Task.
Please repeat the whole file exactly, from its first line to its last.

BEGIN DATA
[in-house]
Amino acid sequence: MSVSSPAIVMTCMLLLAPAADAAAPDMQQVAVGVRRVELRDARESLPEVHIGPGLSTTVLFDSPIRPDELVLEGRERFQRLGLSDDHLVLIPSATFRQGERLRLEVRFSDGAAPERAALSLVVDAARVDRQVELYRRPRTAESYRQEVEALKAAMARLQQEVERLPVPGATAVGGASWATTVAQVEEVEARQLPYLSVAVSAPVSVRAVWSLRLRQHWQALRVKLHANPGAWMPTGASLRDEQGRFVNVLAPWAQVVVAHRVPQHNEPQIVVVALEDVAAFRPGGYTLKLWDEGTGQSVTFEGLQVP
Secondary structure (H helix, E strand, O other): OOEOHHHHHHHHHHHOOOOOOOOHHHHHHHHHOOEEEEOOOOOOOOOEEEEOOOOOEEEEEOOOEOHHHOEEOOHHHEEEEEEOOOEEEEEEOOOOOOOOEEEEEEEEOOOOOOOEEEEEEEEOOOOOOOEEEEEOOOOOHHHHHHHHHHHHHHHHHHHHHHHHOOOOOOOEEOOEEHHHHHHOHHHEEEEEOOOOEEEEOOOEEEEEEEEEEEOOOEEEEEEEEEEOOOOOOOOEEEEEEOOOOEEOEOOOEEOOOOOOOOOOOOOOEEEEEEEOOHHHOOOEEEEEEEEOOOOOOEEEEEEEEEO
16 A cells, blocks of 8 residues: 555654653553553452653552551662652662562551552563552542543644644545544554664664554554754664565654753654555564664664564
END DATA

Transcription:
[in-house]
Amino acid sequence: MSVSSPAIVMTCMLLLAPAADAAAPDMQQVAVGVRRVELRDARESLPEVHIGPGLSTTVLFDSPIRPDELVLEGRERFQRLGLSDDHLVLIPSATFRQGERLRLEVRFSDGAAPERAALSLVVDAARVDRQVELYRRPRTAESYRQEVEALKAAMARLQQEVERLPVPGATAVGGASWATTVAQVEEVEARQLPYLSVAVSAPVSVRAVWSLRLRQHWQALRVKLHANPGAWMPTGASLRDEQGRFVNVLAPWAQVVVAHRVPQHNEPQIVVVALEDVAAFRPGGYTLKLWDEGTGQSVTFEGLQVP
Secondary structure (H helix, E strand, O other): OOEOHHHHHHHHHHHOOOOOOOOHHHHHHHHHOOEEEEOOOOOOOOOEEEEOOOOOEEEEEOOOEOHHHOEEOOHHHEEEEEEOOOEEEEEEOOOOOOOOEEEEEEEEOOOOOOOEEEEEEEEOOOOOOOEEEEEOOOOOHHHHHHHHHHHHHHHHHHHHHHHHOOOOOOOEEOOEEHHHHHHOHHHEEEEEOOOOEEEEOOOEEEEEEEEEEEOOOEEEEEEEEEEOOOOOOOOEEEEEEOOOOEEOEOOOEEOOOOOOOOOOOOOOEEEEEEEOOHHHOOOEEEEEEEEOOOOOOEEEEEEEEEO
16 A cells, blocks of 8 residues: 555654653553553452653552551662652662562551552563552542543644644545544554664664554554754664565654753654555564664664564